So often, so many parents are confused. But, hey, schools are confused too!
When is a school international, or private or independent? And does it really matter?
A private school is a fee paying school. They are fairly autonomous and choose their own curriculum, set their own admissions policy, etc Most private schools adapt the local curriculum and teach in Cantonese. Some do not ie Island Christian Academy, Stamford American School.
You may think the clue is in the name ie French International School and you would be correct, to a point. Almost all schools with the ‘international’ in their name are international. Except when they’re not ie International Christian School.
But so are many others ie Delia School of Canada.
A complete list is here: http://edb.hkedcity.net/internationalschools/ Oh, but this list also includes ESF schools, which are not really international. Not confusing at all.
International schools established since 2012 must maintain a high percentage of students holding passports other than, or in addition to, the HKSAR passport. The percentage ranges from 50-90%, depending on the school. Of course, the majority of these children are HKSAR passport holders too.
A new international school generally comes into being in two ways:
Via a Government (EDB) allocation exercise. The Government has a greenfield site (piece of land) or a brownfield (old/vacant school building) it gives over to the school. As part of this arrangement, the percentage of non local students will be stipulated. ie The Harbour School, Malvern College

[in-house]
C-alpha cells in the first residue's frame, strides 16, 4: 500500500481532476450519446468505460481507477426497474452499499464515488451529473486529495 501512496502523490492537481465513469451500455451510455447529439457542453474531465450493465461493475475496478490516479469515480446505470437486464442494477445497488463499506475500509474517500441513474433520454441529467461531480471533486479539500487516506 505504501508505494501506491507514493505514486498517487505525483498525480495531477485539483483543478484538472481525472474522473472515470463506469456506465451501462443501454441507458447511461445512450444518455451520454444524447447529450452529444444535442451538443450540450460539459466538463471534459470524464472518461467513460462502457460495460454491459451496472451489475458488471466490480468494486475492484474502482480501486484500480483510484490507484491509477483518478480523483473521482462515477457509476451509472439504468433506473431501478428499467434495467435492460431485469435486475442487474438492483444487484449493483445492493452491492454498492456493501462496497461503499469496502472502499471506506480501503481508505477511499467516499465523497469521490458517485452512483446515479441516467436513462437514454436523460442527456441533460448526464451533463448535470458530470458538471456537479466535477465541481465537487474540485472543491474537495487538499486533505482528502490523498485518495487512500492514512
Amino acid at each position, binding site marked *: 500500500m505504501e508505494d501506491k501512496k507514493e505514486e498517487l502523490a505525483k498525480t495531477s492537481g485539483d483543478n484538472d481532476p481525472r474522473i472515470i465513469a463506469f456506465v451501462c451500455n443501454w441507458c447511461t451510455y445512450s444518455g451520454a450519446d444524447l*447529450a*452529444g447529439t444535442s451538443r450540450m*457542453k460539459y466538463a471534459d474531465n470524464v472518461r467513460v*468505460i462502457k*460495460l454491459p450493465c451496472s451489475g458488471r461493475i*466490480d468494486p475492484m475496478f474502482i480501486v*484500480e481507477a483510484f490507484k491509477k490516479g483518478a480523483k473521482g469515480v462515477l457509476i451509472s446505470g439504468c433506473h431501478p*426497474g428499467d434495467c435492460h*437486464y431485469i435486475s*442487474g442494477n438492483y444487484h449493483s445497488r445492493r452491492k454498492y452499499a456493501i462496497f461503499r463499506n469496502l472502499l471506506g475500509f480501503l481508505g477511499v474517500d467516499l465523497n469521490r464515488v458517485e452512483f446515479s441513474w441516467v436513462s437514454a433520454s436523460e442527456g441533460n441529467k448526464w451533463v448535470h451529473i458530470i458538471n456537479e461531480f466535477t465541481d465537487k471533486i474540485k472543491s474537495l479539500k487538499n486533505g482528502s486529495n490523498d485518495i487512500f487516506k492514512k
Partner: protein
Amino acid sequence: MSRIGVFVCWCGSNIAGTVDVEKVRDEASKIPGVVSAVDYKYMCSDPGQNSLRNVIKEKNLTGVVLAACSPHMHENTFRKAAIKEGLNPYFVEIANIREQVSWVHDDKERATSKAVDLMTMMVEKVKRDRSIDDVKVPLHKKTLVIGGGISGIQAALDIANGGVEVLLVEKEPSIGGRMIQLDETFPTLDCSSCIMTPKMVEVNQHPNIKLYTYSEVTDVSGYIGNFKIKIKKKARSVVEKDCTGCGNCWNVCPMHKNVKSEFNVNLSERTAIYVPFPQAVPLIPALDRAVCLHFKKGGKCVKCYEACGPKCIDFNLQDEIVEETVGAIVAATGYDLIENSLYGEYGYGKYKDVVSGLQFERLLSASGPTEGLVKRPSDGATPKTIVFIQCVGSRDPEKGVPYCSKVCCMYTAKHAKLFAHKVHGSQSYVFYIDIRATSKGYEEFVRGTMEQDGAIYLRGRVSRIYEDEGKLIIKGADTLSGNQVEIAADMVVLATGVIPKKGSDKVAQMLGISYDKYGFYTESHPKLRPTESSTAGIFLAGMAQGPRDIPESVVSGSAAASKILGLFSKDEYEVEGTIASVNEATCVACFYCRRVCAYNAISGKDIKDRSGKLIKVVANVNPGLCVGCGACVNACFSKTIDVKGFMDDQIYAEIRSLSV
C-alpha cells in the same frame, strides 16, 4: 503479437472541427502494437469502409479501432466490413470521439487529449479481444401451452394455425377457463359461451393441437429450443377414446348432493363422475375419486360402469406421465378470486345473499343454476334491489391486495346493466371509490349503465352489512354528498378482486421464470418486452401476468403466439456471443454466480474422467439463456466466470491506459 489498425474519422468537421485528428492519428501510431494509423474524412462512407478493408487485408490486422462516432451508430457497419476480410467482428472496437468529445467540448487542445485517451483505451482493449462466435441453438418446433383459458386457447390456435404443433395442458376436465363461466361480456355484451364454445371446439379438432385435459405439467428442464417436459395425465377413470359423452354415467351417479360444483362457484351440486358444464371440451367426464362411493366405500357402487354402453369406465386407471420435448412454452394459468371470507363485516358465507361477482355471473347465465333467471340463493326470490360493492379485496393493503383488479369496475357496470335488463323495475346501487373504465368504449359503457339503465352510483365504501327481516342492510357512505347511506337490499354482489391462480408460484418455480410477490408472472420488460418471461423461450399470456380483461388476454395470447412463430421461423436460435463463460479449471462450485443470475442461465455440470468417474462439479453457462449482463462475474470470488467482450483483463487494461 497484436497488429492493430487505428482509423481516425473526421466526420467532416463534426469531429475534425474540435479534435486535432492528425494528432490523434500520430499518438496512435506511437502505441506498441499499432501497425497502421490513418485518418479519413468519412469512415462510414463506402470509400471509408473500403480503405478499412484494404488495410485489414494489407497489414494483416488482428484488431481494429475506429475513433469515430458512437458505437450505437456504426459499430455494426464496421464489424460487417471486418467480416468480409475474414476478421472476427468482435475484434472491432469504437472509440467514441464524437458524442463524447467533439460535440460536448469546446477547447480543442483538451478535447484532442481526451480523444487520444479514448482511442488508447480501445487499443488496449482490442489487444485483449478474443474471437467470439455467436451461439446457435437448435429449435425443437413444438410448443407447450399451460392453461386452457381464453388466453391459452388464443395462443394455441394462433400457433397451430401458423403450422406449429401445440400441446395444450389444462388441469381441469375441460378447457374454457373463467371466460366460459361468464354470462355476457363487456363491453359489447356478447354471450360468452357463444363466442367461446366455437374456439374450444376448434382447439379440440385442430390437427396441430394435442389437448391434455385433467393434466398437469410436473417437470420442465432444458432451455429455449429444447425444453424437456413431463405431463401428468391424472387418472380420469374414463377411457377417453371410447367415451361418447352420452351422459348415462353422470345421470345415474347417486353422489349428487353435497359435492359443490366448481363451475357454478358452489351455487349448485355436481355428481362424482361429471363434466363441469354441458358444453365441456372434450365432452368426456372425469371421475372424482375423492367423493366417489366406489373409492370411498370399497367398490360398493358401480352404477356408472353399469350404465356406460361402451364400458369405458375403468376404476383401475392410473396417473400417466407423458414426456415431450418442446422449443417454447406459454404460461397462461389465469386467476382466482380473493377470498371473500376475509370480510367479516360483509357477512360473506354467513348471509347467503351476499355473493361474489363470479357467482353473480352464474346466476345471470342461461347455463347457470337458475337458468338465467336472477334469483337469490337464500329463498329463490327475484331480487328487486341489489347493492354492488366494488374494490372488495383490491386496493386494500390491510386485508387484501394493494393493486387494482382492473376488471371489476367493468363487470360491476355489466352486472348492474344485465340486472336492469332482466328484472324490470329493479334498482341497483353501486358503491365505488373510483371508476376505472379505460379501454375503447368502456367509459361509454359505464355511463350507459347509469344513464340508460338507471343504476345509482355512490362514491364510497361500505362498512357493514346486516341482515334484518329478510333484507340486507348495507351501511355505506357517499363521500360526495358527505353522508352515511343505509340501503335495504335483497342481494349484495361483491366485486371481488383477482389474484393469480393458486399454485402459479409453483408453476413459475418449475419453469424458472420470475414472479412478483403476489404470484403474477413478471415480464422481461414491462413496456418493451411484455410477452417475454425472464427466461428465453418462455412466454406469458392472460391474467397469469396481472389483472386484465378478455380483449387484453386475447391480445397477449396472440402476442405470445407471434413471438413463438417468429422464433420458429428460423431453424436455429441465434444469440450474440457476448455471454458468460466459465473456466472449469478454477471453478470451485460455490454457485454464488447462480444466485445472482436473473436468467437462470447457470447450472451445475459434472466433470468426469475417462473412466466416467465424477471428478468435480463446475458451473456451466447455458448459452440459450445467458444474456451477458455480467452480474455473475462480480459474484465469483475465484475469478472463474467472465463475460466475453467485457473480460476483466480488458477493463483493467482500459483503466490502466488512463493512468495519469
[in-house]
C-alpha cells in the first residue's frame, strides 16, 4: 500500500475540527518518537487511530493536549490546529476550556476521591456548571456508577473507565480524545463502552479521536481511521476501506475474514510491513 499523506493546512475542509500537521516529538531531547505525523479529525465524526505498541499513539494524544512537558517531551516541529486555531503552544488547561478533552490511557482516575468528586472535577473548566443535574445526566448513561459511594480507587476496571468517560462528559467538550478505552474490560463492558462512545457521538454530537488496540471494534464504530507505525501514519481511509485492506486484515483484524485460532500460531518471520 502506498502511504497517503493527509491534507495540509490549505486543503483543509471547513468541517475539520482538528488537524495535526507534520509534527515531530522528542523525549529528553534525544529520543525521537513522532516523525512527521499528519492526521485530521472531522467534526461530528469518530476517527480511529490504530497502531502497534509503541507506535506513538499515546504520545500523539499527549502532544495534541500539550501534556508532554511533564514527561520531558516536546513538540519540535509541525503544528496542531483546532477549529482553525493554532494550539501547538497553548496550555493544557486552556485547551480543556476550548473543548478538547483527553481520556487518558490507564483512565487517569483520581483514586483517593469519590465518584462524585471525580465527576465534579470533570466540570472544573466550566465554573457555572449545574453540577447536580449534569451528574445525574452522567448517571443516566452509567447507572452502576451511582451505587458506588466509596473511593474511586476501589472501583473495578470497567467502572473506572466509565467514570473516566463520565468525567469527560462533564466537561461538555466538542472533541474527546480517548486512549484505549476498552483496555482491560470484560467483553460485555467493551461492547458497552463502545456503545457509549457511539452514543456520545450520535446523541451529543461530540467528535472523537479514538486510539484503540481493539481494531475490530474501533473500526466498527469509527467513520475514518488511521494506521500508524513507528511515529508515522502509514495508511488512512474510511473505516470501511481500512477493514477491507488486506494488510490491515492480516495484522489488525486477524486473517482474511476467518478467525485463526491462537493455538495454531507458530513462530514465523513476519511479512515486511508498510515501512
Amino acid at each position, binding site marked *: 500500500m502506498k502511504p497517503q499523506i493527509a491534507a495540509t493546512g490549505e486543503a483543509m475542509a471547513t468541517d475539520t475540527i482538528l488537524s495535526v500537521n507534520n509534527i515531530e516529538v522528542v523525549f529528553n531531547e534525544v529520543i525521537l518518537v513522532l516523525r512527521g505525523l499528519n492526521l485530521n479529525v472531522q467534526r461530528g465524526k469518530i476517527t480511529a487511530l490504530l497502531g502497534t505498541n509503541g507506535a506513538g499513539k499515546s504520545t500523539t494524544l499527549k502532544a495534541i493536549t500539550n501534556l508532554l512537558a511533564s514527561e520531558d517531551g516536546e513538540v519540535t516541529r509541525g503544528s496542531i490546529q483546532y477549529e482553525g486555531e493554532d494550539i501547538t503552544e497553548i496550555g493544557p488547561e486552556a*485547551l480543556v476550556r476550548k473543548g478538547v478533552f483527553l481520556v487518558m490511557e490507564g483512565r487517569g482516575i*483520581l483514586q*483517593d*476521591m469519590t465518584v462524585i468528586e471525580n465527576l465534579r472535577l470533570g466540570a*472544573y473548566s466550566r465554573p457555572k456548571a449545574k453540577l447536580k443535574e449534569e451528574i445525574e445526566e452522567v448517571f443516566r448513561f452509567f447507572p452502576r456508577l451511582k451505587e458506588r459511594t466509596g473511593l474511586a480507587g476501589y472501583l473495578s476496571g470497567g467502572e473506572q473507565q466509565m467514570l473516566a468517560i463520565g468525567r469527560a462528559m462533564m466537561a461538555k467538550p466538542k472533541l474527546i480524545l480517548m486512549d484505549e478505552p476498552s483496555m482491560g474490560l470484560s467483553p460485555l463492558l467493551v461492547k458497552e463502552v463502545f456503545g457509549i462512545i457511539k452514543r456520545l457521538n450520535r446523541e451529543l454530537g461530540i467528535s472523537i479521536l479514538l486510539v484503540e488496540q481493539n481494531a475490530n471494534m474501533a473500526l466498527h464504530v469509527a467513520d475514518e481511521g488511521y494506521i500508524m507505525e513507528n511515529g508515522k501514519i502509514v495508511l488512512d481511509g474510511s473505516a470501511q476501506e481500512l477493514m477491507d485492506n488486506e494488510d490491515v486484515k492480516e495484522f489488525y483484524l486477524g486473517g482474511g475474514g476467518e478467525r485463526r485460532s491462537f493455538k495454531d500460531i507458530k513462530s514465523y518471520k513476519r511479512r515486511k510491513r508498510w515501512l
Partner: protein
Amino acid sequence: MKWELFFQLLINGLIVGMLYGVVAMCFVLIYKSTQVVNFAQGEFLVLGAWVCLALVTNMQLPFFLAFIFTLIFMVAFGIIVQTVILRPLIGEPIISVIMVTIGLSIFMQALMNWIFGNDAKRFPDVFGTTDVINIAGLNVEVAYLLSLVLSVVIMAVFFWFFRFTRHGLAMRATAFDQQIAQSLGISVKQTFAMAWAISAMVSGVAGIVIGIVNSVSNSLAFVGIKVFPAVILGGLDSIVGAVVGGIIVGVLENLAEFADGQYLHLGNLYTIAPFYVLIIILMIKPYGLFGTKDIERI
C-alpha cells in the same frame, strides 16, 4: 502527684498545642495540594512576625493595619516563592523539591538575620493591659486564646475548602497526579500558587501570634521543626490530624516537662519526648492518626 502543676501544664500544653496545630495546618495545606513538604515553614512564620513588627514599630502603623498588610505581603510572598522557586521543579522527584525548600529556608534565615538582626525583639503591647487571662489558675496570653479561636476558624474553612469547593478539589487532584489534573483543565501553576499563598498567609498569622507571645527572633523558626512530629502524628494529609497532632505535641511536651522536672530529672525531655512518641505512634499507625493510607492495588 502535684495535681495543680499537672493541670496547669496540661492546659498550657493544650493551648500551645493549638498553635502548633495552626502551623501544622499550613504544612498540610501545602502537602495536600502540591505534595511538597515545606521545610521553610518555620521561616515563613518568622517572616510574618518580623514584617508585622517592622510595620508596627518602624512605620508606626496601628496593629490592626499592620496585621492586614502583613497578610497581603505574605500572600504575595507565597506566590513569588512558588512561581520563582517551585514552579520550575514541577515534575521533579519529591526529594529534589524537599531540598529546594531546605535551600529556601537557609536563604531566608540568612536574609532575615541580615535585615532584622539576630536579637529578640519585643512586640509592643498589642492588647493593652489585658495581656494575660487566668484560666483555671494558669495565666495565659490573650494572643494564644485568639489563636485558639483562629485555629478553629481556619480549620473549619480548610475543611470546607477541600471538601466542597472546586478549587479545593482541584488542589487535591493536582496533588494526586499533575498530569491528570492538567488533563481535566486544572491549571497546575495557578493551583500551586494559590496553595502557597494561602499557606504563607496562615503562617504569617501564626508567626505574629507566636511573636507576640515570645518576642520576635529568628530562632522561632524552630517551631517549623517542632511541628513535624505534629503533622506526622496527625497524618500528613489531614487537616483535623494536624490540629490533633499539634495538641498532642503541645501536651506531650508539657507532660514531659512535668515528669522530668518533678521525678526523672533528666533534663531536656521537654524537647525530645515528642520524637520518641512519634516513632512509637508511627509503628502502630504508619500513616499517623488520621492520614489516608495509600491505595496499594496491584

By application. A private school operates for a few years then applies to become ‘international’. It will demonstrate that it has been serving a majority of non local students over those years. This is a fairly new procedure. Schools that plan to apply soon are Island Christian Academy and Stamford American School.
Seven schools in Hong Kong have the status ‘Private Independent School’. They are:
Yew Chung International School (Secondary)
School sponsors were allocated land and capital grants for the launch of new, non-profit private schools.
A private independent school is a fee paying school. They are fairly autonomous and choose their own curriculum, set their own admissions policy as long as they accept at least 70% of Permanent Residents. These schools are set up to serve the LOCAL community and, so, the majority of their students are local in the sense they are PRs. They may also be foreign nationals.
And, that’s it! Simple, isn’t it?!! Yes and no. Principals, parents and teachers mix these terms up all the time. Does it really matter? Not really.